Preparing our homes for summer

by Andrew Tidswell, Blackwood Sustainable Communities Group
This article appears on page 12 of The Blackwood Times, Issue 308, November 2020

sun direction diagram

With our summers experiencing more and longer heatwaves, there are things we can do to make our homes more comfortable. The Covid-19 impacts have seen us spending more time at home so it is helpful if we can make the places we spend most of our life as cool and pleasant as possible in hot weather without having the air conditioning working flat out, costing us money.

The first thing to appreciate at home is which way faces north and the sun’s path during the day. The roof takes the biggest heat load, so having good insulation under the roof and over the ceiling is the best way to keep the heat out. Insulation is probably the most cost effective thing we can do to make our homes cope with the heat and cold. Having a light coloured roof is also very effective in keeping the heat out. The current trend of dark roofs hugely increases the heat entering our homes and requires a lot more costly air conditioning to keep a comfortable inside temperature.

Windows act as heat traps which is great in winter but bad in summer, so stopping the sun shining on the glass in hot weather reduces the heat entering the house. This is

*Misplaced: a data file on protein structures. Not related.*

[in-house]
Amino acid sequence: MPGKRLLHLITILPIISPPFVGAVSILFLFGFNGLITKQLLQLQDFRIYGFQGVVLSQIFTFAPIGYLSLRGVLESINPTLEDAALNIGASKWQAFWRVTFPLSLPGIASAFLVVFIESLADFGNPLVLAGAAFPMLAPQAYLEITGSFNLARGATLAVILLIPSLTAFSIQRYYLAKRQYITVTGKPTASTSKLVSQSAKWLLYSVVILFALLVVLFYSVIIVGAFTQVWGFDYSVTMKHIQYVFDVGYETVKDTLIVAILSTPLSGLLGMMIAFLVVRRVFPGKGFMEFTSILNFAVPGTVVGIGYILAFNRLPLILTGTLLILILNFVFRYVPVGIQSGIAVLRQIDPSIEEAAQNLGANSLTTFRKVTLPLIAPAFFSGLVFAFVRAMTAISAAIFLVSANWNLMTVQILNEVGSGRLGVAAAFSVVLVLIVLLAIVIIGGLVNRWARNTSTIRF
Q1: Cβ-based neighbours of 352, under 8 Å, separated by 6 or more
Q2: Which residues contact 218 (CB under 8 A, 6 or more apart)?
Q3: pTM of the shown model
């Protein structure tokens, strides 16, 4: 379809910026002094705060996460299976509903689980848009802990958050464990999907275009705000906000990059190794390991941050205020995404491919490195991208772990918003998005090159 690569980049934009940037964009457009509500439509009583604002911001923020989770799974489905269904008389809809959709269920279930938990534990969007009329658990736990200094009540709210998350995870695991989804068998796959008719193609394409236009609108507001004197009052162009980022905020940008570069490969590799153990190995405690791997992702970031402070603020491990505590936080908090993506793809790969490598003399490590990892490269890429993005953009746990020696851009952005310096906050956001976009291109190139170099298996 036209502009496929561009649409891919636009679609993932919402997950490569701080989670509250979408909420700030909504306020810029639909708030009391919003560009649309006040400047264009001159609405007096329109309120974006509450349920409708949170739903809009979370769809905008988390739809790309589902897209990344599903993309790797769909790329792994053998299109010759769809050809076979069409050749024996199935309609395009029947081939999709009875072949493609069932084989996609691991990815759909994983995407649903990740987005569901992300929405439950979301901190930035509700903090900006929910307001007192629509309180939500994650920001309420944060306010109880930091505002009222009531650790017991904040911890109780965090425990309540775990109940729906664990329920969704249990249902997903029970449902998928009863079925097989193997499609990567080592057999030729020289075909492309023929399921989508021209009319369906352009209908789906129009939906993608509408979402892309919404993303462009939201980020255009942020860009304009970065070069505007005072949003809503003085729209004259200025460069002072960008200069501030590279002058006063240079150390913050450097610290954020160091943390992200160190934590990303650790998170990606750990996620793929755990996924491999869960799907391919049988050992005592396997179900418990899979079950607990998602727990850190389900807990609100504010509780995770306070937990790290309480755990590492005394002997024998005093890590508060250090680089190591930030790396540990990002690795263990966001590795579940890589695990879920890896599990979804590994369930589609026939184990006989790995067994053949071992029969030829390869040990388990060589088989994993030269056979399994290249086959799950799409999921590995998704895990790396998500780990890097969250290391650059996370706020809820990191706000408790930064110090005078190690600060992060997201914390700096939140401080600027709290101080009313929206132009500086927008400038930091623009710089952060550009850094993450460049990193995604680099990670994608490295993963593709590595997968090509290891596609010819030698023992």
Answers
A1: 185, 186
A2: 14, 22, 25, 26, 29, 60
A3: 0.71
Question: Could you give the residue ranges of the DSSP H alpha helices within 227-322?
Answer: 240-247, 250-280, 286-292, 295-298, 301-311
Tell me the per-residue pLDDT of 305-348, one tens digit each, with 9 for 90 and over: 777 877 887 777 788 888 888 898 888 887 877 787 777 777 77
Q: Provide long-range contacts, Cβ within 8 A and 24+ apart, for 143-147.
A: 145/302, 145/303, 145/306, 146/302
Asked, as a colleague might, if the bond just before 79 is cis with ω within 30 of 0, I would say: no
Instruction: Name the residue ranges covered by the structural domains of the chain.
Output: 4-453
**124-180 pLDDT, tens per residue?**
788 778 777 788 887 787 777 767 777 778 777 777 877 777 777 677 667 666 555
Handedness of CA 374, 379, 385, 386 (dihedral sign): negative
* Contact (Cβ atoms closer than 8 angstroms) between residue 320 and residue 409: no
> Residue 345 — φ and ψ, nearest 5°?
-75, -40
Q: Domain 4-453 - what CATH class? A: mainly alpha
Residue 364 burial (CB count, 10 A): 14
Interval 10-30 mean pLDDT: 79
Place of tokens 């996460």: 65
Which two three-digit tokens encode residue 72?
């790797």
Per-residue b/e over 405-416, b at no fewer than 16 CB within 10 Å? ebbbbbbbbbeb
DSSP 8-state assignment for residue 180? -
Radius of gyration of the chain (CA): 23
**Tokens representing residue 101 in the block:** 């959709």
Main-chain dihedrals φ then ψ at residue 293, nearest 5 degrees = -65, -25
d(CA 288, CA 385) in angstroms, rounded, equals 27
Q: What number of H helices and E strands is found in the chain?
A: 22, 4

especially important for windows that face east, north and west, which is why it is important to know the way your house faces. Keeping summer sun off north windows is generally simple with overhanging eaves, verandahs, pergolas (with shade cloth or vines), and external blinds. In Adelaide’s climate, having shading that protects against direct sun from about mid-October to mid- April is usually sufficient.

Keeping the sun off west-facing windows is really important as this is when the sun is hottest. External blinds are really the most effective way of dealing with this. Internal blinds and curtains have only a limited effect as once the sun’s rays have passed through the glass they are trapped inside the house.

More people suffer serious effects from heat stress each year than any other natural phenomenon. As our climate is getting hotter with more consecutive days of high temperatures than ever before, making our homes able to modify the effects of the external temperatures simply and economically will be an important part of a sustainable living future.

Managing our health and well-being in hot summer conditions is also important and that will be the subject of a future article.

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